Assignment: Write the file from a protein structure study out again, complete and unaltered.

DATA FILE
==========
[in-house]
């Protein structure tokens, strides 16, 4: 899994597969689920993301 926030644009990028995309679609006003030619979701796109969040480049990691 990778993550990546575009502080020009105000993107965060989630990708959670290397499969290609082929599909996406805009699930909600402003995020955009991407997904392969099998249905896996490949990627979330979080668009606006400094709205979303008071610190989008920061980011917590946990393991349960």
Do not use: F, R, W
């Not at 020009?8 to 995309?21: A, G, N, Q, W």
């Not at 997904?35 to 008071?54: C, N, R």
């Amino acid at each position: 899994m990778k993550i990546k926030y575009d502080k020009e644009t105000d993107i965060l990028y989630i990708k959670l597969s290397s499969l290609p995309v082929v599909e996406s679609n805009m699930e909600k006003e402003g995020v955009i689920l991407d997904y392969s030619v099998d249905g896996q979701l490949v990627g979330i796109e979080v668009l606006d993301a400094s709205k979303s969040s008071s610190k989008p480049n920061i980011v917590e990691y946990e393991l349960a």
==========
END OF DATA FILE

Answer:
[in-house]
């Protein structure tokens, strides 16, 4: 899994597969689920993301 926030644009990028995309679609006003030619979701796109969040480049990691 990778993550990546575009502080020009105000993107965060989630990708959670290397499969290609082929599909996406805009699930909600402003995020955009991407997904392969099998249905896996490949990627979330979080668009606006400094709205979303008071610190989008920061980011917590946990393991349960």
Do not use: F, R, W
């Not at 020009?8 to 995309?21: A, G, N, Q, W």
């Not at 997904?35 to 008071?54: C, N, R």
């Amino acid at each position: 899994m990778k993550i990546k926030y575009d502080k020009e644009t105000d993107i965060l990028y989630i990708k959670l597969s290397s499969l290609p995309v082929v599909e996406s679609n805009m699930e909600k006003e402003g995020v955009i689920l991407d997904y392969s030619v099998d249905g896996q979701l490949v990627g979330i796109e979080v668009l606006d993301a400094s709205k979303s969040s008071s610190k989008p480049n920061i980011v917590e990691y946990e393991l349960a």